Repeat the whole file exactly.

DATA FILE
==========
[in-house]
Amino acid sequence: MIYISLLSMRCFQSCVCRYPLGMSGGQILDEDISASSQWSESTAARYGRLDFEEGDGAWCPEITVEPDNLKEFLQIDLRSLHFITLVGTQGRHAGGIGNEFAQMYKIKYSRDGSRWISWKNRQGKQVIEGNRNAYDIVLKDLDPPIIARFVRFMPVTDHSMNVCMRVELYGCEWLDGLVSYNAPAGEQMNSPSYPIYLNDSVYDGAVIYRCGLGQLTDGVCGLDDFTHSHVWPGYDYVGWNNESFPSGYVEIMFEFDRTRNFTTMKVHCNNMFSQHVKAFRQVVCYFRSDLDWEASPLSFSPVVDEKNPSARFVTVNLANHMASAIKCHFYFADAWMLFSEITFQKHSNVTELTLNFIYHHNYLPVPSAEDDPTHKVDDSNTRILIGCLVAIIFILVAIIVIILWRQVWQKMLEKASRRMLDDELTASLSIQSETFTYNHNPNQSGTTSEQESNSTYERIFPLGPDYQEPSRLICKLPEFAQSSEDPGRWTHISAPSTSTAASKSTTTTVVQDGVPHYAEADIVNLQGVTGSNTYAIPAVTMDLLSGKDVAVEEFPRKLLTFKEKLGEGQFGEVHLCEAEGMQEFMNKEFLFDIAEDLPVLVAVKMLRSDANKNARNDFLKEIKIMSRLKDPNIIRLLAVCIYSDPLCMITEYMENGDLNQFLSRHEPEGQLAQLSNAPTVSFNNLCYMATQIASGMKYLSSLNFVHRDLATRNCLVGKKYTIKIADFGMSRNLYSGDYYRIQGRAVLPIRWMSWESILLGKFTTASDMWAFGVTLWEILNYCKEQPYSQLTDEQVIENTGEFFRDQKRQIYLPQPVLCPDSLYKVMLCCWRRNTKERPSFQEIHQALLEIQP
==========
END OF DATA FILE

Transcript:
[in-house]
Amino acid sequence: MIYISLLSMRCFQSCVCRYPLGMSGGQILDEDISASSQWSESTAARYGRLDFEEGDGAWCPEITVEPDNLKEFLQIDLRSLHFITLVGTQGRHAGGIGNEFAQMYKIKYSRDGSRWISWKNRQGKQVIEGNRNAYDIVLKDLDPPIIARFVRFMPVTDHSMNVCMRVELYGCEWLDGLVSYNAPAGEQMNSPSYPIYLNDSVYDGAVIYRCGLGQLTDGVCGLDDFTHSHVWPGYDYVGWNNESFPSGYVEIMFEFDRTRNFTTMKVHCNNMFSQHVKAFRQVVCYFRSDLDWEASPLSFSPVVDEKNPSARFVTVNLANHMASAIKCHFYFADAWMLFSEITFQKHSNVTELTLNFIYHHNYLPVPSAEDDPTHKVDDSNTRILIGCLVAIIFILVAIIVIILWRQVWQKMLEKASRRMLDDELTASLSIQSETFTYNHNPNQSGTTSEQESNSTYERIFPLGPDYQEPSRLICKLPEFAQSSEDPGRWTHISAPSTSTAASKSTTTTVVQDGVPHYAEADIVNLQGVTGSNTYAIPAVTMDLLSGKDVAVEEFPRKLLTFKEKLGEGQFGEVHLCEAEGMQEFMNKEFLFDIAEDLPVLVAVKMLRSDANKNARNDFLKEIKIMSRLKDPNIIRLLAVCIYSDPLCMITEYMENGDLNQFLSRHEPEGQLAQLSNAPTVSFNNLCYMATQIASGMKYLSSLNFVHRDLATRNCLVGKKYTIKIADFGMSRNLYSGDYYRIQGRAVLPIRWMSWESILLGKFTTASDMWAFGVTLWEILNYCKEQPYSQLTDEQVIENTGEFFRDQKRQIYLPQPVLCPDSLYKVMLCCWRRNTKERPSFQEIHQALLEIQP